[tex]= \frac{1}{24}tanu*sec^5u - \frac{23}{96}tanu*sec^3u + \frac{3}{96}C - \frac{1]{4}D[/tex]
    [tex]= \frac{1}{24}tanu*sec^5u - \frac{23}{96}tanu*sec^3u + \frac{3}{96}(\frac{1}{2}tanu*secu - \frac{1}{2}D) - \frac{1]{4}D[/tex]
    [tex]= \frac{1}{24}tanu*sec^5u - \frac{23}{96}tanu*sec^3u + \frac{3}{192}tanu*secu - \frac{3}{192}D - \frac{1]{4}D[/tex]
    [tex]= \frac{1}{24}tanu*sec^5u - \frac{23}{96}tanu*sec^3u + \frac{3}{192}tanu*secu - \frac{3}{192}D - \frac{48]{192}D[/tex]
    [tex]= \frac{1}{24}tanu*sec^5u - \frac{23}{96}tanu*sec^3u + \frac{3}{192}tanu*secu - \frac{51}{192}D[/tex]
    [tex]= \frac{1}{24}tanu*sec^5u - \frac{23}{96}tanu*sec^3u + \frac{3}{192}tanu*secu - \frac{51}{192}ln|secu + tanu|[/tex]


    My answer:
    [tex]= \frac{1}{24}tan(x^4)sec^5(x^4) - \frac{23}{96}tan(x^4)sec^3(x^4) + \frac{1}{64}tan(x^4)sec(x^4) - \frac{17}{64}ln|sec(x^4) + tan(x^4)| + C[/tex]





    Actual answer:
    [tex]\frac{1}{24}tan(x^4)sec^5(x^4) - \frac{13}{96}tan(x^4)sec^3(x^4) + \frac{11}{64}tan(x^4)sec(x^4) - \frac{5}{64}ln|sec(x^4) + tan(x^4)| + C[/tex]

    It looks similar, but the fractions don't match. Where is my mistake?
    I believe it's in my calculation of A, using the sec^2k+1 rule from the original post.
     
    Last edited: Mar 7, 2008
  6. Mar 7, 2008 #5
    argh PF makes me sooo angry! had it all typed up, hehe ... been crashing lately.

    [tex]\int x^3 tan^6(x^4)sec(x^4) dx[/tex]

    [tex]t = x^4[/tex]
    [tex]\frac 1 4 dt = x^3dx[/tex]

    [tex]I =\frac 1 4\int\tan^{6}t\sec tdt=\frac 1 4\int\tan^{5}t\sec t\tan tdt[/tex]

    [tex]u = \tan^{5}t[/tex]
    [tex]du = 5\tan^{4}t\sec^{2}tdt[/tex]

    [tex]dV = \sec t\tan tdt[/tex]
    [tex]V = \sec t[/tex]

    [tex]I = \frac 1 4\sec t\tan^{5}t - \frac 5 4\int\tan^{4}t\sec^{3}tdt[/tex]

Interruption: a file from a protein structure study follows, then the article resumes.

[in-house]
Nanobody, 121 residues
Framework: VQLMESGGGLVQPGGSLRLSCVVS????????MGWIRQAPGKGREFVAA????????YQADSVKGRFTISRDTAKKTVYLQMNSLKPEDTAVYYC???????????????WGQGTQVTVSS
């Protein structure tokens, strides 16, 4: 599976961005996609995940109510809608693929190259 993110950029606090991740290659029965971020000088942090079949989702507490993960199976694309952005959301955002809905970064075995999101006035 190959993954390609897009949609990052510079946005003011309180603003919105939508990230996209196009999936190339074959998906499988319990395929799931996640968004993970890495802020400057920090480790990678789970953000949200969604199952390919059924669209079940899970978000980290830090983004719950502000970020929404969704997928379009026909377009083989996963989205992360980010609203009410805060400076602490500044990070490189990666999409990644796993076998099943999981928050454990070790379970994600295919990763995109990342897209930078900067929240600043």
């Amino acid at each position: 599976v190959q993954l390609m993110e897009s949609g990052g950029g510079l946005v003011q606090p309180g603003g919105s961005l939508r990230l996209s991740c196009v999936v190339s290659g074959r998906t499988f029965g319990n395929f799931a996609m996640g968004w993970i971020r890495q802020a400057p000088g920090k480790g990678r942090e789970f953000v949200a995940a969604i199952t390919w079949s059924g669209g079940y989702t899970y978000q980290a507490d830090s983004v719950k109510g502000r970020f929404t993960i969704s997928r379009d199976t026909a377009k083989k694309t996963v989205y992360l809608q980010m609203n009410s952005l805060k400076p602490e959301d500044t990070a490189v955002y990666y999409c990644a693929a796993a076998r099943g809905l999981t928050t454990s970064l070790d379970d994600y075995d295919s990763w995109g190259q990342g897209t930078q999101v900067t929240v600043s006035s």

From here you can either use a trig identity or do parts again ... not sure which is the best route ...

    1.
    [tex]I = \frac 1 4\sec t\tan^{5}t - \frac 5 4\int\tan^{4}t\sec tdt-\frac 5 4\int\tan^{6}t\sec t[/tex]

    or

    2.
    [tex]u=\sec t[/tex]
    [tex]du=\sec t\tan tdt[/tex]

    [tex]dV=\tan^{4}t\sec^{2}tdt[/tex]
    [tex]V=\frac 1 5 \tan^{5}t[/tex]

    [tex]I = \frac 1 4\sec t\tan^{5}t - \frac 14(\tan^{5}t\sec t-\int\tan^{6}t\sec tdt)[/tex]
     
    Last edited: Mar 7, 2008
  7. Mar 7, 2008 #6

    Dick

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    Homework Helper

    Don't know yet. But x^3*dx=du/4, not du*4. Beyond that you must just be adding some fractions wrong.
     
  8. Mar 7, 2008 #7
    Ok, done typing. I'm not even doing this on paper, sorry.
     
  9. Mar 7, 2008 #8
    Don't be sorry. I appreciate the effort you and others have put into this.
     
  10. Mar 7, 2008 #9
    Ok another update ... uh I wish had a tablet pc :(
     
  11. Mar 7, 2008 #10
    Ok let me do this on the board ... brb
     
  12. Mar 7, 2008 #11
    Ok I did it on the board and that's what I got ... weird.
     
  13. Mar 7, 2008 #12
    While some of my TeX images aren't updating (Maybe just on my computer), the 1/23 came out correct. Due to the way the formula is structured, if the 23/96 is incorrect, I must've made my mistake somewhere after calculating the 1/23.

    The simple math of it, is -5/96 - 18/96 = -23/96
    I believe whoever computed the answers for these must've been mistaken, seeing 18 and 5, some negative signs, then thinking "18-5=13..... / 96" or something.

    I think we can call the book wrong on this one :)

    I spoke to my professor, showing him what sort of practice I've been doing in preparation for our upcoming exam, and asked if things like the crazy-difficult sample problems could be on the exam. He said that these crazy-difficult questions were "fair play", so I choose one (This one) out of the book.

    Besides needing help on substitution (Plus mixing up 1/4 for 4/1), and some simple fractional algebra, I'm quite impressed to see how well this question went.

    Despite not matching the book's answer, I believe this to be the correct answer, and thank the both of you for the effort you've contributed to this :)

    This sucker's /solved. ;)
     
  14. Mar 7, 2008 #13

    Ben Niehoff

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    A little note on LaTeX: all of the trig functions are actually implemented with \cos, \sin, etc. Put the backslash before them and they will turn out pretty, with the correct spacing:

    [tex]\int x^3 \tan^4 x \sec x \; dx[/tex]